Coordinate Attacks against Contextual Bandits: Fundamental Limits and Defense Mechanisms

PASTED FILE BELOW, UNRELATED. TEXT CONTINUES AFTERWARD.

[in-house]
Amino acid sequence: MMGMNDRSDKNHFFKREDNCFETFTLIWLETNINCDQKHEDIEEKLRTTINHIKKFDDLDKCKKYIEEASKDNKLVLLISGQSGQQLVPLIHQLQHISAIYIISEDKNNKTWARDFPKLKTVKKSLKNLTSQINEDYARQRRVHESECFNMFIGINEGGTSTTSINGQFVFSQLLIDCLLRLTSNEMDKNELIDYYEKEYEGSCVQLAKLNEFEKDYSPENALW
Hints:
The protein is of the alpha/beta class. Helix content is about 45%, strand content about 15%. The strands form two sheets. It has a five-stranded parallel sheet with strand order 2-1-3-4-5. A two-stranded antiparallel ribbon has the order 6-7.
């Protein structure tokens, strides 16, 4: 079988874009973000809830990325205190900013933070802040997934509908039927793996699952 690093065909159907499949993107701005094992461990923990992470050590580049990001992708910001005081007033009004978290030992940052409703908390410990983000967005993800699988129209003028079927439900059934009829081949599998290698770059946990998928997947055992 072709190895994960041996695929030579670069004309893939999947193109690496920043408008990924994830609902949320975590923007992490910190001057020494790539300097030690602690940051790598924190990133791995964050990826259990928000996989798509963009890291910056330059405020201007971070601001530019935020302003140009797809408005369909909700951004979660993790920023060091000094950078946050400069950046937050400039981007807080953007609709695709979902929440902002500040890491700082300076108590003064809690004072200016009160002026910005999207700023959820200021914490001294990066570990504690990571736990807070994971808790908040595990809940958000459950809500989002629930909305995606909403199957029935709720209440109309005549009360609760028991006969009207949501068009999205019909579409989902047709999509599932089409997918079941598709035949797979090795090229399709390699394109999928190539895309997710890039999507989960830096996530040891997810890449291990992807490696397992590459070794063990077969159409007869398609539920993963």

Motivated by online recommendation systems, we propose the problem of finding the optimal policy in multitask contextual bandits when a small fraction $\alpha < 1/2$ of tasks (users) are arbitrary and adversarial. The remaining fraction of good users share the same instance of contextual bandits with $S$ contexts and $A$ actions (items). Naturally, whether a user is good or adversarial is not known in advance. The goal is to robustly learn the policy that maximizes rewards for good users with as few user interactions as possible. Without adversarial users, established results in collaborative filtering show that $O(1/\epsilon^2)$ per-user interactions suffice to learn a good policy, precisely because information can be shared across users. This parallelization gain is fundamentally altered by the presence of adversarial users: unless there are super-polynomial number of users, we show a lower bound of $\tilde{\Omega}(\min(S,A) \cdot \alpha^2 / \epsilon^2)$ {\it per-user} interactions to learn an $\epsilon$-optimal policy for the good users. We then show we can achieve an $\tilde{O}(\min(S,A)\cdot \alpha/\epsilon^2)$ upper-bound, by employing efficient robust mean estimators for both uni-variate and high-dimensional random variables. We also show that this can be improved depending on the distributions of contexts.